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Thursday, June 4, 2015

Adoring the Ancient Art and History of the Golden Temple of Dambulla


Consisting of a five-cave monastery perched atop a hill 160 meters high, the impressive ancient structures and paintings found inside the caves gives you a major reason to make the slow uphill hike and see it for yourself. Under the torrid shine of the sun, I work my way, as dozens of monkeys goofed at each other around me at the wide stair trail. I meet other travelers brimming with smiles on their faces - a sign of delight at what they've seen, I figured. Once atop a smiling local guard signaled me to take off my shoes as I prepare to enter the first cave. 

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Like rock sculptures, I see the main hallway leading to the first cave built underneath a large body of granite rock. What impressed me more, is when I discover the cave's interior directly hewn into the massive rock. Inside, a looming Buddha statue greets the visitors, behind it are equally impressive Buddha's in different poses stands in a semi circular row. 

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Instantly, my attention was drawn by the stunning murals inscribed on the walls and ceilings. The artworks, as I eavesdropped on a nearby tour guide speaking, depicts the life and times of Buddha, the temptation by Mara the demon and Buddha's first ever sermon. All these magnificent work of arts dates back to the 15th and 18th centuries, with some going all the way back to 2,000 years ago. 

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Earning a UNESCO World Heritage Site status in 1991, this 1st century B.C. temple complex paints a well-preserved historical landmark that had me directing my sight at each corner, because of the sheer visual delight it conveys. Apart from the rich history emanating from each inch of the five major shrine rooms, the wind that seeps from the surrounding lush plains, provided me an ancient feeling as I found myself all alone at one of the caves.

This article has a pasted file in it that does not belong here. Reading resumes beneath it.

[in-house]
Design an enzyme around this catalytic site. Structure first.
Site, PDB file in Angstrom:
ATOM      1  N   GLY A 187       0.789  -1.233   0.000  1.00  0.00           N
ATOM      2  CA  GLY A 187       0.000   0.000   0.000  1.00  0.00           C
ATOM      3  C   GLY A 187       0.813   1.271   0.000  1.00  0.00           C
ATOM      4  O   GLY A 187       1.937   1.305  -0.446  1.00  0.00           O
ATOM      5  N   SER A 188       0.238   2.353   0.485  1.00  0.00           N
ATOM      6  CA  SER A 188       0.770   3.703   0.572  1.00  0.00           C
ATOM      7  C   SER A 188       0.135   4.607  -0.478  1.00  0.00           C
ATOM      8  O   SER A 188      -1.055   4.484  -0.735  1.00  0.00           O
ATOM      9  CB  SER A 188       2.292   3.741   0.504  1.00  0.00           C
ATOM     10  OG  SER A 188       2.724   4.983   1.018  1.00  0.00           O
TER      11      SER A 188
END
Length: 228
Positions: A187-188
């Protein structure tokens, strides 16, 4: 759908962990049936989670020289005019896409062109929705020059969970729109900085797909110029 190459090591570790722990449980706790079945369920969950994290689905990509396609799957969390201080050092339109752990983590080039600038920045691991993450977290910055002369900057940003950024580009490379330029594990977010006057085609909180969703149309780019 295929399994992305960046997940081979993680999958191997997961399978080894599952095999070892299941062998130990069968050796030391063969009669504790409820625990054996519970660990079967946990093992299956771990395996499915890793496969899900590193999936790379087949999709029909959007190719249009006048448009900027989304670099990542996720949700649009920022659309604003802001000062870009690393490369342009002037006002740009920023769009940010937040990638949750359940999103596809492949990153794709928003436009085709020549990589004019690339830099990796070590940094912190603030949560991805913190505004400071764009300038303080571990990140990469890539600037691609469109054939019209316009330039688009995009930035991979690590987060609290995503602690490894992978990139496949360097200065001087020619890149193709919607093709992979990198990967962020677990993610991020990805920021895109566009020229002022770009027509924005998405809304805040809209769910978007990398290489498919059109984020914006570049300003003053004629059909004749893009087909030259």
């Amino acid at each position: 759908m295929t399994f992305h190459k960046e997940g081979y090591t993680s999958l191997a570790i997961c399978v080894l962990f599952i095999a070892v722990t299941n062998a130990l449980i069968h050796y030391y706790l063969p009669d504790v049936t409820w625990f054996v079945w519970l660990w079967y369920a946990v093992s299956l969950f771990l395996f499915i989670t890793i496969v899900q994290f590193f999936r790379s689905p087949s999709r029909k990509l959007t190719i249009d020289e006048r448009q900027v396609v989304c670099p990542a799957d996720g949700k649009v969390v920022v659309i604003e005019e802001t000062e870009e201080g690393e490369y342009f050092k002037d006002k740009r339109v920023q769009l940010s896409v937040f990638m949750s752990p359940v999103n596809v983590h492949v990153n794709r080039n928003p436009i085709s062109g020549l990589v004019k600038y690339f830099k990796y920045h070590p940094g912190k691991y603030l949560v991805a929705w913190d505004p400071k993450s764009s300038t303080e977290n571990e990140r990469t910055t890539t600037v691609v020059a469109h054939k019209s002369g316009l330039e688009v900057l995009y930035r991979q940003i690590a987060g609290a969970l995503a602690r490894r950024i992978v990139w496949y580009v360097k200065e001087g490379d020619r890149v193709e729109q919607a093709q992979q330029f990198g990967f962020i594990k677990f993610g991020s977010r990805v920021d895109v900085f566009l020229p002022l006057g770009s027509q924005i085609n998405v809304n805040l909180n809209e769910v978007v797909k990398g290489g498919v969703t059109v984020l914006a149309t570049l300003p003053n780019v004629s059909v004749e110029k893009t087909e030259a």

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Cranking my neck to stare at the ceiling, I took time studying as much paintings as I could as I shoot photographs of it. While some of it are oblivious to time and can be seen slowly fading, much of the murals are still clearly visible teeming with rich red colors. 

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The five main caves are divided into the Devarajah Lena (cave of the Lord of Gods), where one can see the 45 feet statue of the Lord Buddha, the Maharajah Lena (cave of great kings), Devana Aluth Viharaya (cave of second new temple), Paccima Viharaya (cave of western temple) and the Maha Alut Viharaya (cave of the great new monastery).

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Located a couple of kilometers from my accommodation, the Dambulla City Hostel, I decided to spend the whole afternoon here and wait for the sunset before hiking back down. Like mischievous pranksters, the monkeys tried to bother me from all corners while I sat at one of the steps, just like little kids wanting attention I noticed how they would stand still each time I point my camera to them. 

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The whole afternoon became like a solemn retreat for me, even with the presence of a few other tourists. From afar I can see the ancient rock city of Sigiriya and wondered about the time hundreds of years ago. I also imagine back to thousands of years, to the time before the arrival of Buddhism in Sri Lanka, where the hilltop the Golden Temple of Dambulla is situated, is where ancient Sri Lankans settled and buried their own 2,700 years ago. 

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A double dose of art and history peppered with new religious knowledge and the company of new found monkey friends, I went down in search of a thirst quencher. On the way down I met a local who pointed me to a place a couple of hundred meters away "You see that (pointing to a group of people setting up a stage) dancing there tonight, come and enjoy". At that moment I really meant it when I told him "Sure I will come tonight". But that night, I felt asleep just after having my dinner. A long yet another fulfilling day awaits me the next morning at the ancient city of Polonnaruwa





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